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As mitosis ( Greek. Μίτος mitos , thread ') or mitosis (Greek κάρυον. Karyon ' core ', κίνησις kinesis , movement'), also indirect nuclear division , the division of the is cell nucleus refers to arise in the two daughter nuclei with the same genetic information. It takes place in cells of eukaryotic organisms - prokaryotes have no nucleus - and usually precedes a division of the entire cell, from which two daughter cells emerge.

Schematic drawing of a cell cycle with the interphase and the individual phases of mitosis as nucleus division before cell division occurs

In the cell cycle of dividing cells of eukaryotes, nucleus division and cell division are linked to one another. Mitosis and cytokinesis are also referred to together as mitosis or M-phase . During the interphase between successive mitoses, the DNA molecule of a chromosome is duplicated ( replication ), after which each chromosome consists of two identical sister chromatids . During mitosis, these chromatids are then separated and divided so that each daughter nucleus receives an identical half as a daughter chromosome. This means that an identical copy of the entire chromosomal genome of the mother cell can be passed on to two daughter cells .

In mitosis there is no change in the set of chromosomes , the degree of ploidy remains the same. Was the starting cell haploid , including the nuclei of the daughter cells are haploid. Was the starting cell diploid , so the nuclei of the daughter cells are diploid.

Meiosis is to be differentiated from mitosis with a fundamentally different way of nuclear division, in which the sister chromatids are not separated in the reduction division, but are assigned together to a daughter nucleus. It is integrated into the generation cycle and leads to a reduction in the number of chromosomes and genetically different daughter cells.


The Tübingen botanist Hugo von Mohl first observed cell division under the microscope in 1835 in the green alga Cladophora glomerata , then also in land plants. In 1841 , Robert Remak first described the forms of division of animal cells in embryonic blood cells, and later the division of the fertilized egg cell in chickens with the development of three different cotyledons . He emphasized the importance of the phenomenon of cell division for the formation of new cells and suggested that the new cell nuclei are also formed by division. In the following years other cell researchers saw division processes in the cells of many plants and animals. Hugo von Mohl made a discovery that was important for understanding life processes in retrospect. The Berlin doctor Rudolf Virchow summed it up in 1855 in the expression Omnis cellula e cellula or

"Where a cell arises, a cell must have preceded it [...]."

- Rudolf Virchow
Historical illustration of mitosis from Gray's Anatomy from 1918 - I to III: prophase ; IV: metaphase ; V and VI: anaphase ; VII and VIII: telophase

However, there were still unclear ideas about the fine structure of the cell building blocks known at the time and their function. This particularly affected the nucleus and its role in division. It was only with the advancement of microscopes and staining techniques in the second half of the 19th century that researchers were able to gain new knowledge. As described 1873 Giessen zoologist Anton Schneider in the flatworm Mesostoma ehrenbergii ( "Glass Strudelwurm") the proceeding changes of the core of the division as well as a rosette-shaped arrangement thickened strands in "equatorial".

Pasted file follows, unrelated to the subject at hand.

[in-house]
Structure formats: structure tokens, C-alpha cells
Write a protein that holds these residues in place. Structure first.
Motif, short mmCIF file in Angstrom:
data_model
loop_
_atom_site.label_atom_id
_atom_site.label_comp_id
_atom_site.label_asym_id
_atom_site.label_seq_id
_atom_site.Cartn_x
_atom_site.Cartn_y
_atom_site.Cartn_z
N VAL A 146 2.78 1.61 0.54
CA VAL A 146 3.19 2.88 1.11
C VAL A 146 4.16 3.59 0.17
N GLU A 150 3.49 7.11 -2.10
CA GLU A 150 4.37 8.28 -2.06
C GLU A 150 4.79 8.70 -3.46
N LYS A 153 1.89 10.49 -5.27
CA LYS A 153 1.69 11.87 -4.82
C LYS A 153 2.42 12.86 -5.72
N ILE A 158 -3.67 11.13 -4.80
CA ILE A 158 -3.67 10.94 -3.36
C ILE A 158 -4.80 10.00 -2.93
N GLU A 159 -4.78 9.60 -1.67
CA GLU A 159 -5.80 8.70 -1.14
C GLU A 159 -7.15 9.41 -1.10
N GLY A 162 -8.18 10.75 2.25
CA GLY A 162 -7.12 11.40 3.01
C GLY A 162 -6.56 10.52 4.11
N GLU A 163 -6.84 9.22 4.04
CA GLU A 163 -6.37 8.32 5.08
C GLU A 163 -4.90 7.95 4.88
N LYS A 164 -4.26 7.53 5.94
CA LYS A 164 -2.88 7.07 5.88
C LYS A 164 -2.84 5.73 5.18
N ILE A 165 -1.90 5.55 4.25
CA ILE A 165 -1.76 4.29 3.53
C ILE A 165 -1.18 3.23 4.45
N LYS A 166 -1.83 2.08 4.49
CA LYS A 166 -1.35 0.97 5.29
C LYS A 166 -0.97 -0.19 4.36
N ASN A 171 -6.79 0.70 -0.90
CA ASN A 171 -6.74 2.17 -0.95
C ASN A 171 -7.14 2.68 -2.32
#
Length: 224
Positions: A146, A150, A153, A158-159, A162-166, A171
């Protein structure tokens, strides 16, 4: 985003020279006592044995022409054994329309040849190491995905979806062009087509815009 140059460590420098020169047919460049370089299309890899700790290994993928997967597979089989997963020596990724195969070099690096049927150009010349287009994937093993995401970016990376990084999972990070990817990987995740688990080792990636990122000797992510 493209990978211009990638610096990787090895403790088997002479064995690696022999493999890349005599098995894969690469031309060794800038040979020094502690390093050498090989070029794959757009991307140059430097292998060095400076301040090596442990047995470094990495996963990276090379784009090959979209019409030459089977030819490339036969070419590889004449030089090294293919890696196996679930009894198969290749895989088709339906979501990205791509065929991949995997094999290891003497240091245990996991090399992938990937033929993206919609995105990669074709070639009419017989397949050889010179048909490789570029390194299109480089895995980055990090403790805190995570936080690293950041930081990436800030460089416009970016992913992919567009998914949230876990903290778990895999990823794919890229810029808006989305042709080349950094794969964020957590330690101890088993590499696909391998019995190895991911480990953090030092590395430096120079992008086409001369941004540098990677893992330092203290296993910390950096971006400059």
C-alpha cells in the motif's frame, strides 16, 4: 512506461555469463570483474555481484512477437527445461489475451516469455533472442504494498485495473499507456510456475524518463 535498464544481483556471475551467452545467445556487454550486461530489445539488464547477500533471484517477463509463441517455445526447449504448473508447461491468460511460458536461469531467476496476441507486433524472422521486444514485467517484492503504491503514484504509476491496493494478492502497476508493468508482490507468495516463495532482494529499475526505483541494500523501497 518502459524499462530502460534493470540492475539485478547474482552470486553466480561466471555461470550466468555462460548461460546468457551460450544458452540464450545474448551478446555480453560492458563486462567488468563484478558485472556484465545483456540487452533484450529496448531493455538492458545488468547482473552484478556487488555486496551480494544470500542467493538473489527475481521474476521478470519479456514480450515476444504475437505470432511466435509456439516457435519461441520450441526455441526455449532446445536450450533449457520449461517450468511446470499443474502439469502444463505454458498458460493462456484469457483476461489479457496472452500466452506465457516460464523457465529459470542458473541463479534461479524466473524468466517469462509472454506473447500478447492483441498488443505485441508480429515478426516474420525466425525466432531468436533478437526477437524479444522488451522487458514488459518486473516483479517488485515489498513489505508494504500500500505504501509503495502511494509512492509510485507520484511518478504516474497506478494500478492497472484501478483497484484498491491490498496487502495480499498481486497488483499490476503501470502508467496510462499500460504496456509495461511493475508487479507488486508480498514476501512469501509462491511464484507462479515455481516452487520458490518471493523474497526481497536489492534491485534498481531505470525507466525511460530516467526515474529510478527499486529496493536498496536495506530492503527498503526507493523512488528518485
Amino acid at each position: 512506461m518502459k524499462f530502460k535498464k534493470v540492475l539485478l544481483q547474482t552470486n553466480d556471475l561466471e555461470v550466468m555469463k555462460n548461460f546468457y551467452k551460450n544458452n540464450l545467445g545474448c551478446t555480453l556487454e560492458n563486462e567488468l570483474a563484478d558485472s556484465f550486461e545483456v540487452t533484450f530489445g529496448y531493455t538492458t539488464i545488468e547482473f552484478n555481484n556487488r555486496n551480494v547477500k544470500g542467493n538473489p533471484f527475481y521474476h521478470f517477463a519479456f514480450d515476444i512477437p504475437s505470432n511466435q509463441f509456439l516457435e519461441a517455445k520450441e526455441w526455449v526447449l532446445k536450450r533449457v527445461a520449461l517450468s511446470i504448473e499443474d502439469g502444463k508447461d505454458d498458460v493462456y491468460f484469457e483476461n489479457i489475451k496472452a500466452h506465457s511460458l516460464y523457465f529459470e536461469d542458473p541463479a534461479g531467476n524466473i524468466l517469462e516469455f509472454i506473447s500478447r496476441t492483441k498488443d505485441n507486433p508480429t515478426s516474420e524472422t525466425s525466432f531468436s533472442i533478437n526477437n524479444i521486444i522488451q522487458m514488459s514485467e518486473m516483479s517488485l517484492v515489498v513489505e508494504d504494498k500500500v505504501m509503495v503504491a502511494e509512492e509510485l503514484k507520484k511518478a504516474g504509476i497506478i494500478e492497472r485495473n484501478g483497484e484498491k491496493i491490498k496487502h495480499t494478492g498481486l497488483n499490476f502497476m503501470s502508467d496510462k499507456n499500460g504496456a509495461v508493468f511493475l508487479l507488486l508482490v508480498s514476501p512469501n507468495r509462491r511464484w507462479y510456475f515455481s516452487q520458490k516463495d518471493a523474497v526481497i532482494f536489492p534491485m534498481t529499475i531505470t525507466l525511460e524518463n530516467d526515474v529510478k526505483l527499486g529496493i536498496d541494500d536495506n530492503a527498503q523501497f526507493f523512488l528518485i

The Bonn botanist Eduard Strasburger also noticed stages of division in a preparation of dividing cells in 1874 with nuclear spindles instead of a normal cell nucleus in which elongated, curved or unwound thread structures were visible. The Kiel anatomist Walther Flemming called their substance chromatin because of their strong stainability and referred to the entire process of nuclear division in 1879 as “mitosis” (from the Greek word for “thread”). Previously, he had found in the cells of the fire salamander that each thread separates into two parallel ones, that the new nuclei arise from the full half of a spindle - and that nothing remains. The Berlin anatomist Wilhelm Waldeyer suggested the designation chromosomes in 1888 . A closer microscopic examination revealed that each chromosome consists of two identical halves, the chromatids . These lie close together, but are only connected to one another at one point, the centromere .

Chromosomes were not only discovered in plant and animal cells, but also in some (eukaryotic) unicellular cells. In the course of time it was found that every plant and animal species has a specific number of chromosomes in all body cells. The number is between two chromosomes in the horse roundworm ( Ascaris megalocephala univalens ) and a few hundred in some plants.

Function of mitosis

Mitosis makes it possible to split up the genetic information contained in the chromosomes in such a way that two daughter cell nuclei receive the same genetic information again . For this, the genetic material in the nucleus of a mother cell must have been doubled beforehand - during the preceding interphase of the cell cycle . Each chromosome, which after nuclear division initially consists of one chromatid, has two identical sister chromatids after duplication, which are connected at the centromere. In the mitotic phases, these are compressed, attached, arranged, each separated and each moved apart, so that two spatially different - but identical in terms of number and type of chromosomes - are created, between which the nucleus is then divided.